Heart valve

From Academic Kids

In anatomy, the heart valves are valves in the heart that prevent blood from flowing the wrong way.

There are four valves of the heart:

  • Two atrioventricular (AV) valves - ensure blood flows from the atria to the ventricles, and not the other way.
  • Two semilunar valves - these are present in the arteries leaving the heart, and they prevent blood flowing back from the artery into the ventricle.

Heart valves open and shut depending on the difference in pressure on each side. The sound of the heart valves shutting causes the heart sounds.

Contents

AV valves

These are large, multicusped valves that prevent backflow from the ventricles into the atria during systole. They are anchored to the wall of the ventricle by chordae tendinae, that prevent the valve from inverting.

The chordae tendinae are attached to papillary muscles that cause tension to better hold the valve. Together, the papillary muscles and the chordae tendinae are known as the subvalvular apparatus. The function of the subvalvular apparatus is to keep the valves from prolapsing into the atria when they close. The subvalvular apparatus have no effect on the opening and closure of the valves, however. This is caused entirely by the pressure gradient across the valve.

Mitral valve

Also known as the bicuspid valve, the mitral valve gets its name from the resemblance to a bishop's mitre (a type of hat). It prevents blood flowing from the left ventricle into the left atrium. As it is on the left side of the heart, in must cope with a lot of strain and pressure, this is why it is made of only two cusps, as there is less to go wrong.

A common complication of rheumatic fever is thickening and stenosis of the mitral valve.

Tricuspid valve

The tricuspid valve is on the right side of the heart, between the right atrium and the right ventricle. Being the first valve after the venae cavae, and thus the whole venous system, it is the most common valve to be infected (endocarditis) in IV drug users.

Semilunar valves

These are positioned on the pulmonary artery and the aorta. These valves do not have chordae tendinae, but are more similar to valves in veins.

Aortic valve

The aortic valve lies between the left ventricle and the aorta. The aortic valve has three cusps. During ventricular systole, pressure rises in the left ventricle. When the pressure in the left ventricle rises above the pressure in the aorta, the aortic valve opens, allowing blood to exit the left ventricle into the aorta. When ventricular systole ends, pressure in the left ventricle rapidly drops. When the pressure in the left ventricle decreases, the aortic pressure forces the aortic valve to close. The closure of the aortic valve contributes the A2 component of the second heart sound (S2).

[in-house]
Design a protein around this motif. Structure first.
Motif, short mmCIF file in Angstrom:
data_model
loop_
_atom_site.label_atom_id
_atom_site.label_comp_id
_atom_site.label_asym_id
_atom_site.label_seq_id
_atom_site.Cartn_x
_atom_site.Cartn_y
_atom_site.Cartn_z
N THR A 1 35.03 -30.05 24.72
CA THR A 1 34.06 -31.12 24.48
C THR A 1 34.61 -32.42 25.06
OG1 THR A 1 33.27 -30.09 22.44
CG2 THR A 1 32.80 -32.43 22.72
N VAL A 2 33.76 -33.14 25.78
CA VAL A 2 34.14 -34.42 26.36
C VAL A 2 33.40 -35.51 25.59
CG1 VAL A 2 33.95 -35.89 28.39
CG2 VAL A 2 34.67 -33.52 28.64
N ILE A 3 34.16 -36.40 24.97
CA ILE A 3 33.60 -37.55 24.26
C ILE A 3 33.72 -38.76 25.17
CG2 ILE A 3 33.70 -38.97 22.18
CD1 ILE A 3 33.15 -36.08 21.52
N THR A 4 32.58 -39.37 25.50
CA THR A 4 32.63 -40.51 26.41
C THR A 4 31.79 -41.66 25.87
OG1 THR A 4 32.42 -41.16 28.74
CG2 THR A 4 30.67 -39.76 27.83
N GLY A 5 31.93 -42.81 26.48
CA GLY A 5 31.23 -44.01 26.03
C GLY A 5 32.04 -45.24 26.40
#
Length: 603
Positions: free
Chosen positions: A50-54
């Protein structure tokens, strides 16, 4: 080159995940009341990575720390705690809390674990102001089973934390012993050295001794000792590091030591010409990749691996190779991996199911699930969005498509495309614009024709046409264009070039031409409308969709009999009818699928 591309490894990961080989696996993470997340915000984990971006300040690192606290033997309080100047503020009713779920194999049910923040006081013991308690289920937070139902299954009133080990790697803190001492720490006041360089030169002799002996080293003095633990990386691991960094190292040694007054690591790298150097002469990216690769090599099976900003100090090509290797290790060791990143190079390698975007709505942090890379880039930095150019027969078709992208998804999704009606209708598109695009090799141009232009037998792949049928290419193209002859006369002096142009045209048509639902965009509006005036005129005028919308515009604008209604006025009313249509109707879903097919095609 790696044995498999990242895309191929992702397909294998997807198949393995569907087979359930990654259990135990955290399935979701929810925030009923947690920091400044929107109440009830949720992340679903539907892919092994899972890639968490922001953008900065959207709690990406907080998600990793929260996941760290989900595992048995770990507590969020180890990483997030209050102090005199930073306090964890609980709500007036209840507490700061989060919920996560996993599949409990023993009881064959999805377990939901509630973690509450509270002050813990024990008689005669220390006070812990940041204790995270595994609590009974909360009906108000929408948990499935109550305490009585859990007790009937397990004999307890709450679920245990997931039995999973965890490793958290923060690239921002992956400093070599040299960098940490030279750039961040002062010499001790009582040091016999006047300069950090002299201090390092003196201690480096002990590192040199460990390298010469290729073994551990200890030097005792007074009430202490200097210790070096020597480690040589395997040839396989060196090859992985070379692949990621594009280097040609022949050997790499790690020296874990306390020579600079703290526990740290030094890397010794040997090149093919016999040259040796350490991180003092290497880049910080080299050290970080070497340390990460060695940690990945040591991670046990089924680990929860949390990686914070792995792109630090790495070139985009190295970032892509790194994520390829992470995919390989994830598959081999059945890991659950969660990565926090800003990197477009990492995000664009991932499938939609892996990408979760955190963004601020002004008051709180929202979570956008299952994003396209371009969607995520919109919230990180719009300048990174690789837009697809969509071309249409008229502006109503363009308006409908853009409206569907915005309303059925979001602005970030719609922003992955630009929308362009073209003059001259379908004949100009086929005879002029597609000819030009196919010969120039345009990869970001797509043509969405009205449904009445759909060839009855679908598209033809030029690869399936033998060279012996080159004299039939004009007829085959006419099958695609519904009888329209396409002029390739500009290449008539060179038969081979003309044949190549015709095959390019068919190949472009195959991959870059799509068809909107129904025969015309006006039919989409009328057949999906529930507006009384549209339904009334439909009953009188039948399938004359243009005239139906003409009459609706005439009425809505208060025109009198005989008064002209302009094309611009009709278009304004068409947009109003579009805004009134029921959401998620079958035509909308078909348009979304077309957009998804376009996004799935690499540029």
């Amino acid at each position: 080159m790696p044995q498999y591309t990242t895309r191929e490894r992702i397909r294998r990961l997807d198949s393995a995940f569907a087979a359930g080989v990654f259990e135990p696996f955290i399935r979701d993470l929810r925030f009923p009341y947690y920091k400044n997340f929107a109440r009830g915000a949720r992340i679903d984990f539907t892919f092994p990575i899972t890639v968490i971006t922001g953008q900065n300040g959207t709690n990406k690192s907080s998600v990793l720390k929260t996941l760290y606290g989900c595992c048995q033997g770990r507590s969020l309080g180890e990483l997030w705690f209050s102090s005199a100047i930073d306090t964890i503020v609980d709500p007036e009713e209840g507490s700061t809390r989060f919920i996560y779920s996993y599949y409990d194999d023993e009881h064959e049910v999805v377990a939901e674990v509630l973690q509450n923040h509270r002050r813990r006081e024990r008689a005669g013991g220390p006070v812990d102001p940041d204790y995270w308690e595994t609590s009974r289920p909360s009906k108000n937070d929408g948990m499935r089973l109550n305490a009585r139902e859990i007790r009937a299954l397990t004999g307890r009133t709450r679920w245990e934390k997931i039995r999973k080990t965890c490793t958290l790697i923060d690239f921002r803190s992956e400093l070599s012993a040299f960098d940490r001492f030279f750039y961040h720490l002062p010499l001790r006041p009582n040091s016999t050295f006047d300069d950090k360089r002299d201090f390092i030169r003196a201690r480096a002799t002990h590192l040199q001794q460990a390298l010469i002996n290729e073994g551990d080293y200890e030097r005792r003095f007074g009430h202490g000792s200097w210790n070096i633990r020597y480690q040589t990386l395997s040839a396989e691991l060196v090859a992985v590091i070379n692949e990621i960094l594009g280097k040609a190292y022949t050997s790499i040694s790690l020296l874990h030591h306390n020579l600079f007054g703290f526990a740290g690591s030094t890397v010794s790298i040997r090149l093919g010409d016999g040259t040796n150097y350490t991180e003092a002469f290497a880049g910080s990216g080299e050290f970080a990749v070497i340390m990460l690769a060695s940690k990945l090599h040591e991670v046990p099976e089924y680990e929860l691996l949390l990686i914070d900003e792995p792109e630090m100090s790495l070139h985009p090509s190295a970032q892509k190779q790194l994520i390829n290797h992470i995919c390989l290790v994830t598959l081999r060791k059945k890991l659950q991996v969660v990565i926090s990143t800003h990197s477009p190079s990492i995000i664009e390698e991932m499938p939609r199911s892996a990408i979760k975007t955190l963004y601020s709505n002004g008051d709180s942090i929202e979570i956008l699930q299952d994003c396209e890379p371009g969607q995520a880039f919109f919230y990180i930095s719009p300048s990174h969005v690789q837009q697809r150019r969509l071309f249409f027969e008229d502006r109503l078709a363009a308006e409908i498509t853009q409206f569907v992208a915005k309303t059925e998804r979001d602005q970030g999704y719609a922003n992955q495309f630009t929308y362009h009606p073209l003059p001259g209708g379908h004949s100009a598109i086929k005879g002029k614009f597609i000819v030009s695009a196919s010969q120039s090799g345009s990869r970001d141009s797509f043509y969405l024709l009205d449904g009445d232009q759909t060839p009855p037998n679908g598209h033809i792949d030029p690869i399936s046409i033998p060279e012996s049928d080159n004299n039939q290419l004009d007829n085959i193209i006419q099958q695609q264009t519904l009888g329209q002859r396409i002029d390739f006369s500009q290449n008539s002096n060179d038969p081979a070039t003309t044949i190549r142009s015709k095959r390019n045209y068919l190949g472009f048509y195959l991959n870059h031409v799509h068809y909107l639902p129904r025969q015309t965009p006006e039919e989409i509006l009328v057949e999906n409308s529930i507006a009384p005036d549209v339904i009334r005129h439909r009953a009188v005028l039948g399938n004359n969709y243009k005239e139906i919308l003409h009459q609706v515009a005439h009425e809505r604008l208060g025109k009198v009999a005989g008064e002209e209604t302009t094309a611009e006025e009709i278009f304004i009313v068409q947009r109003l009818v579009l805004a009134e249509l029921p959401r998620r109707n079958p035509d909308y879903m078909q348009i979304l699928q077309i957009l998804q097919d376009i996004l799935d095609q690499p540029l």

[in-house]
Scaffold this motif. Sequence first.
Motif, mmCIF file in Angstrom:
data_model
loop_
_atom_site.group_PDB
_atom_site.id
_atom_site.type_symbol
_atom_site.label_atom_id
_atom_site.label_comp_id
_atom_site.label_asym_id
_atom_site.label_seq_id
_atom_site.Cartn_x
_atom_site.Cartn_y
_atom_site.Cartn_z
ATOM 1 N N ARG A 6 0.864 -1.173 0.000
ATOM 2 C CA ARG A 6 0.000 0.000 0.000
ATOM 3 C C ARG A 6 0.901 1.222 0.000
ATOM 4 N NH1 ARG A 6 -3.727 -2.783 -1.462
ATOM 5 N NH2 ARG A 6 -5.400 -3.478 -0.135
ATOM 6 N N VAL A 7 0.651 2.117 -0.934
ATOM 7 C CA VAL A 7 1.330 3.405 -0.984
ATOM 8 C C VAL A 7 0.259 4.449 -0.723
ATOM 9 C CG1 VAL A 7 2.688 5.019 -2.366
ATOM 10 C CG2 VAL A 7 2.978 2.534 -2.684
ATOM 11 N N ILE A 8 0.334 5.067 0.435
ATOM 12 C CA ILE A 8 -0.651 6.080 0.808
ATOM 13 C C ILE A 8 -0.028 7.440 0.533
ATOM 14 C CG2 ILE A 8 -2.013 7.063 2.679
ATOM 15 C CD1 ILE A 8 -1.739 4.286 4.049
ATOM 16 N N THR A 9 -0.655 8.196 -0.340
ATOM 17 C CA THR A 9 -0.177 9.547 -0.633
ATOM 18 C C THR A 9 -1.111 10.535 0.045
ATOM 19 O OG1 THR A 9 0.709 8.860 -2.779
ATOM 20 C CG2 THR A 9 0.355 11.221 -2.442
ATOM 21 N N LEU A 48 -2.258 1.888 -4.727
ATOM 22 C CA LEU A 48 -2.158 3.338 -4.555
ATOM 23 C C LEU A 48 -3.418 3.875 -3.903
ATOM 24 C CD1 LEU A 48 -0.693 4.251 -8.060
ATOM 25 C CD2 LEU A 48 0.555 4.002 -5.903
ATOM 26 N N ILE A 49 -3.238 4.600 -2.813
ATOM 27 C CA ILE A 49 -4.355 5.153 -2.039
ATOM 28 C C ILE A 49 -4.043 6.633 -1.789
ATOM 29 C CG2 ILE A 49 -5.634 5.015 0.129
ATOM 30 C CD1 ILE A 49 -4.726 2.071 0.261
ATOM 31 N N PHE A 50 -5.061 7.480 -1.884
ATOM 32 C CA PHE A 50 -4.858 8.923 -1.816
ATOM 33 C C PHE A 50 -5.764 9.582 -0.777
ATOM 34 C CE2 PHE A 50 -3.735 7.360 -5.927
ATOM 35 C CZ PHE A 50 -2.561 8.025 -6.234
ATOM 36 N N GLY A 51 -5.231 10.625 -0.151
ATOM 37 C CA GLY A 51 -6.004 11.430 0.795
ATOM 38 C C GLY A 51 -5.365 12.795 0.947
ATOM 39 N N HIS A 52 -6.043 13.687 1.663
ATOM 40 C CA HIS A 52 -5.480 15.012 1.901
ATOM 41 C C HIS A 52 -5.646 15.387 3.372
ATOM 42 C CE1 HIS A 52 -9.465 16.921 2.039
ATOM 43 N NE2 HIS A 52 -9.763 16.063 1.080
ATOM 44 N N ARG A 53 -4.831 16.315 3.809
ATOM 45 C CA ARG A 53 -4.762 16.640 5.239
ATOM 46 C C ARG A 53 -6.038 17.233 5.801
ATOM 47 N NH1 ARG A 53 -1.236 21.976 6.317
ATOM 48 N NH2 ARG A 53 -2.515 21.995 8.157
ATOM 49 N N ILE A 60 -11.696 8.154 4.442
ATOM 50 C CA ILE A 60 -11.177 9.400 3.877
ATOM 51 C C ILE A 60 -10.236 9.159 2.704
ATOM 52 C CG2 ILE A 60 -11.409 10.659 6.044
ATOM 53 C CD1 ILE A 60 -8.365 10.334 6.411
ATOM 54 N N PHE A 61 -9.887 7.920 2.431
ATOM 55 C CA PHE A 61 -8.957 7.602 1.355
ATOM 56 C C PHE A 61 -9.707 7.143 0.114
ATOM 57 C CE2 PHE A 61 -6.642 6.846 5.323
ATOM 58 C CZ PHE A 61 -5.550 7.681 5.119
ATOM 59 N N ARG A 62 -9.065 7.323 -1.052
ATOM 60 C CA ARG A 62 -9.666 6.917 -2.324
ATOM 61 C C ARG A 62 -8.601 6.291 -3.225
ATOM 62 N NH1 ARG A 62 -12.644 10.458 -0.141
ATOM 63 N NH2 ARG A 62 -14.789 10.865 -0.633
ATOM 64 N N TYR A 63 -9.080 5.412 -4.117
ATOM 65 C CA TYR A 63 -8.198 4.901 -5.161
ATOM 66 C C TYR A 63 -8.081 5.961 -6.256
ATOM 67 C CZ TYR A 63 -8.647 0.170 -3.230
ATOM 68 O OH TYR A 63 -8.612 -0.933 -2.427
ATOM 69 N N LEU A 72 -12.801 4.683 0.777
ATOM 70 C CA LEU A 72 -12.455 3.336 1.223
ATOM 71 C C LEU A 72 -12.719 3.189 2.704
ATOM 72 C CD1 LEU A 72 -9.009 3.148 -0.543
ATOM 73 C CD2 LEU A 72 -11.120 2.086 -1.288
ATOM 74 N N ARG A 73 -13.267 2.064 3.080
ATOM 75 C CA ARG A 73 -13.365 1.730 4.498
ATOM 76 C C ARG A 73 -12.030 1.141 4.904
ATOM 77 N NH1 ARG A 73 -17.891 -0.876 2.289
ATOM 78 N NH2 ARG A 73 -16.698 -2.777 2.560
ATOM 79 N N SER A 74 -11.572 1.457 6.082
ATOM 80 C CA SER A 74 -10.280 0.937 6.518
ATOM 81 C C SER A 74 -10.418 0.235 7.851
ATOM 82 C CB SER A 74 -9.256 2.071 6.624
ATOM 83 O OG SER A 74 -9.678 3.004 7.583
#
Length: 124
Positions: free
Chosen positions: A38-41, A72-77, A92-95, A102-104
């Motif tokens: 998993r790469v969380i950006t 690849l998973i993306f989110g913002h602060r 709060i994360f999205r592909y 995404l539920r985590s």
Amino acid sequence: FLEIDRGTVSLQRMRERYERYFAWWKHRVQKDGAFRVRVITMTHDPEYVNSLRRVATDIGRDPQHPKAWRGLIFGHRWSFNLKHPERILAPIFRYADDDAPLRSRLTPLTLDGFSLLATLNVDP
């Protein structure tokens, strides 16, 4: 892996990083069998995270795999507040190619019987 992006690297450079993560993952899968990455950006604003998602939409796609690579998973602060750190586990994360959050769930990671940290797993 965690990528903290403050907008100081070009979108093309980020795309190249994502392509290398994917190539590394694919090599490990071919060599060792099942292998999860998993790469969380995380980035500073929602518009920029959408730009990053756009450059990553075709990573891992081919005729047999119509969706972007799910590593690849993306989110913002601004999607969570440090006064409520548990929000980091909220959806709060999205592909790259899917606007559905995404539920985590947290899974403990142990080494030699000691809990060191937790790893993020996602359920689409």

The most common congenital abnormality of the heart is the bicuspid aortic valve. In this condition, instead of three cusps, the aortic valve has two cusps. This condition is often undiagnosed until the person develops calcific aortic stenosis. Aortic stenosis occurs in this condition usually in patients in their 40s or 50s, an average of 10 years earlier than in people with normal aortic valves.

Pulmonic valve

The pulmonic valve lies between the right ventricle and the pulmonary artery and also has three cusps. Similar to the aortic valve, the pulmonic valve opens in ventricular systole, when the pressure in the right ventricle rises above the pressure in the pulmonary artery. At the end of ventricular systole, when the pressure in the right ventricle falls rapidly, the pressure in the pulmonary artery will close the pulmonic valve.

The closure of the pulmonic valve contributes the P2 component of the second heart sound (S2). The right heart is a low pressure system, so the P2 component of the second heart sound is usually softer than the A2 component of the second heart sound. However, it is physiologic to hear both components separated only by some young people during inspiration.

Pathology of the valves

  • Endocarditis - inflammation of the inner layer of the endocardium.
  • Stenosis - a constricture of the heart valve, making it hard for blood to get through.
  • Insufficiency - the inability of the heart valve to close properly, meaning some blood can flow the wrong way.

Related topics


Cardiovascular system - Heart Edit (http://en.wikipedia.org/w/wiki.phtml?title=MediaWiki:Heart&action=edit)

Pericardium - Epicardium - Myocardium - Endocardium - Cardiac pacemaker - Sinoatrial node - Atrioventricular node - Bundle of His - Purkinje fibers - Heart valves

de:Herzklappe es:Válvula de corazónfr:Valvule cardiaque
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